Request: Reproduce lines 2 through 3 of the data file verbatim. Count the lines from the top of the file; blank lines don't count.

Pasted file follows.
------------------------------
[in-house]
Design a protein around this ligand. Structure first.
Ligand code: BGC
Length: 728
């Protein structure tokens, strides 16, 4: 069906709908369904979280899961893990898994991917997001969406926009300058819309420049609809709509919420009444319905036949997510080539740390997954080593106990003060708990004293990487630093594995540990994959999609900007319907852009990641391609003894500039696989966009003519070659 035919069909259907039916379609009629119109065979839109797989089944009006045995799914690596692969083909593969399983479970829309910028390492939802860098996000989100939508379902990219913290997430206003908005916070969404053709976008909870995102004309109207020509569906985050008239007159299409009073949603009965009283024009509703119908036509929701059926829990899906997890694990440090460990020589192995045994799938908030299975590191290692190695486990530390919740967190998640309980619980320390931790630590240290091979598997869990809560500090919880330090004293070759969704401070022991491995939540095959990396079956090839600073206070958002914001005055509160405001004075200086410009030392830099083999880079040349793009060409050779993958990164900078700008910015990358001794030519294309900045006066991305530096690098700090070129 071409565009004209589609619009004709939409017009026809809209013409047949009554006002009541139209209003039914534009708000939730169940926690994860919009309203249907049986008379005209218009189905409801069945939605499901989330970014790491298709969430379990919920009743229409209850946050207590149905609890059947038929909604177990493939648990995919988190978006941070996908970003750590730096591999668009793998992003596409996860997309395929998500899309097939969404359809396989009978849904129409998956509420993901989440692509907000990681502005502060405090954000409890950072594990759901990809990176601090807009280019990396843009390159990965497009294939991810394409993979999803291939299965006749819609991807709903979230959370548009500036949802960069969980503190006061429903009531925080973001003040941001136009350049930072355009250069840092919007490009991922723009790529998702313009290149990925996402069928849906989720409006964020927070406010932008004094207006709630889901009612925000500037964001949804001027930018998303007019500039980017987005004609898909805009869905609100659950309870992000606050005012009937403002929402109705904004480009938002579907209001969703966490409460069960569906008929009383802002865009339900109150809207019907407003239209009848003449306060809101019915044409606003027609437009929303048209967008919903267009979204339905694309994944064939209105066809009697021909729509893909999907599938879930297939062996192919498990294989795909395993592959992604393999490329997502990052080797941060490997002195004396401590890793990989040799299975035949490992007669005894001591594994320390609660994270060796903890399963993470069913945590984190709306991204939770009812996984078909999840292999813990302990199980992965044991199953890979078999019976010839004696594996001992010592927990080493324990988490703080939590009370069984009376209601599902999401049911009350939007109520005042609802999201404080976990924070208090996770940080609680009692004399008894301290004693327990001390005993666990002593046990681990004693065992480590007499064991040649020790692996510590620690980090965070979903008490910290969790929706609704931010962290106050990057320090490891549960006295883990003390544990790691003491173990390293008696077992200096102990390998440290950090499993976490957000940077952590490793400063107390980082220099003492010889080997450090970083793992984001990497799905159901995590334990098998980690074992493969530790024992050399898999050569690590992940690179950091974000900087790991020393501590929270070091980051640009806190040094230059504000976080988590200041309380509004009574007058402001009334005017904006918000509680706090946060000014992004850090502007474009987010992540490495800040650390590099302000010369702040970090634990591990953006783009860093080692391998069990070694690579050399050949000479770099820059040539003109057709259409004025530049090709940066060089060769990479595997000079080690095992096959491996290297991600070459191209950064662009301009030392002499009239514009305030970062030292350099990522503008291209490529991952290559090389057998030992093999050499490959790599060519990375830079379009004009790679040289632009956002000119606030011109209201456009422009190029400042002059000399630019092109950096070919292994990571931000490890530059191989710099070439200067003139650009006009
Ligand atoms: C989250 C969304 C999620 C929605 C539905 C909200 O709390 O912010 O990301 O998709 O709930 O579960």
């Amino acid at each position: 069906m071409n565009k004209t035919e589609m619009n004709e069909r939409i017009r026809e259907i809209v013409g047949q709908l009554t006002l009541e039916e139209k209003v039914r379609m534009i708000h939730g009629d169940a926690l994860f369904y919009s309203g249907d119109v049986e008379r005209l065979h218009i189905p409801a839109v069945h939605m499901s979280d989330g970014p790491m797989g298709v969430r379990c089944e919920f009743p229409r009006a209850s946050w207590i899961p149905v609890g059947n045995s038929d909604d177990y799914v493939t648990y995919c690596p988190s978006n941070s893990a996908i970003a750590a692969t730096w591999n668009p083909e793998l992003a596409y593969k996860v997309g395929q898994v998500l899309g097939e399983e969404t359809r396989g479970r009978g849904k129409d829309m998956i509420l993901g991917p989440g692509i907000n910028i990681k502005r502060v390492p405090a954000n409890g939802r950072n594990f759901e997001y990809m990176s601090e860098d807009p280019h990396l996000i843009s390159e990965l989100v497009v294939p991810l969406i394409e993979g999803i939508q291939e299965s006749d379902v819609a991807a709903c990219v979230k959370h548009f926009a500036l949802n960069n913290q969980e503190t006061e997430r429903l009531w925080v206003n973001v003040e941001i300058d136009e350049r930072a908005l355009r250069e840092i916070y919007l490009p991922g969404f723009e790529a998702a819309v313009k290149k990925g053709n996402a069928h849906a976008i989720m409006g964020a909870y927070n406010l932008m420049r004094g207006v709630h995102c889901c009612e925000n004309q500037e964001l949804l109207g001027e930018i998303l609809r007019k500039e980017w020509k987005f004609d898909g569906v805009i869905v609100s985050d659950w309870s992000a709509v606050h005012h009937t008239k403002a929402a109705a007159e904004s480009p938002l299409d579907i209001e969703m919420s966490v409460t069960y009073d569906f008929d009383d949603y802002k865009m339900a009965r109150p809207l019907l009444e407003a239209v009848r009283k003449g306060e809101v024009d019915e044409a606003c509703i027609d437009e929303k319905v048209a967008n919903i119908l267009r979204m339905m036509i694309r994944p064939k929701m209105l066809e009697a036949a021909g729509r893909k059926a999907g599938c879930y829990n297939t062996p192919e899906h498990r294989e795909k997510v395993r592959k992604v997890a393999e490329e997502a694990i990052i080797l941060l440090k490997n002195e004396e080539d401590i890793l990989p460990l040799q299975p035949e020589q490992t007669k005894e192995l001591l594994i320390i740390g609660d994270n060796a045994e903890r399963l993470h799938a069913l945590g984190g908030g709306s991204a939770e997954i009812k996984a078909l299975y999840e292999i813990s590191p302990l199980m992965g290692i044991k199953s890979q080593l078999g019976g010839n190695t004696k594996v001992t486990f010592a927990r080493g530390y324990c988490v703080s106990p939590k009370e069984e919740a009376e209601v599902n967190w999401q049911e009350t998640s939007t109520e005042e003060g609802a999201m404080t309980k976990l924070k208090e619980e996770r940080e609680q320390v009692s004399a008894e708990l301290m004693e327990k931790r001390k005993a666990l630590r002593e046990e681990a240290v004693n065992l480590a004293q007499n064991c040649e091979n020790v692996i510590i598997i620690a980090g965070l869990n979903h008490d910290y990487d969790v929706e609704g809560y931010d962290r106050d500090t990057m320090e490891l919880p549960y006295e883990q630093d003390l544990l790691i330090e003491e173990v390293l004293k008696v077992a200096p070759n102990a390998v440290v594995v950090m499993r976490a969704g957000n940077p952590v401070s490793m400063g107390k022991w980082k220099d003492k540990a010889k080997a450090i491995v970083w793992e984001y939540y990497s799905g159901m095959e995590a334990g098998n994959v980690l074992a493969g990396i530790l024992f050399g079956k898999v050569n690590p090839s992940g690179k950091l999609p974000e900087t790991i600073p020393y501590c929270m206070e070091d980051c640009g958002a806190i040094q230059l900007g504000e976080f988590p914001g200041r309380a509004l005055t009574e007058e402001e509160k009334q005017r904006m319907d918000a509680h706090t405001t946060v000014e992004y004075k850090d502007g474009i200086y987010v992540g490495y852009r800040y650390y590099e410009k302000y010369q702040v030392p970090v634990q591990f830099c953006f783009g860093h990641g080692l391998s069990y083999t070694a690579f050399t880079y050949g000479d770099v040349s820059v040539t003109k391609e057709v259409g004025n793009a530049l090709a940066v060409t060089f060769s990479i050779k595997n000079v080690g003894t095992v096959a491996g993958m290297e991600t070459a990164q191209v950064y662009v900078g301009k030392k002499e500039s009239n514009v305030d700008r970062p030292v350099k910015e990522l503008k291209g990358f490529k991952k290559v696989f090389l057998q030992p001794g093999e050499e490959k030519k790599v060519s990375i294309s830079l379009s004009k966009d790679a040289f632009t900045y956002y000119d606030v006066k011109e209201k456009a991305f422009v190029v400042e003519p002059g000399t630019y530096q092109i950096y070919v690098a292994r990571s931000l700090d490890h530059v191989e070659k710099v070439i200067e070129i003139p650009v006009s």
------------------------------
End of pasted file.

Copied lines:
Design a protein around this ligand. Structure first.
Ligand code: BGC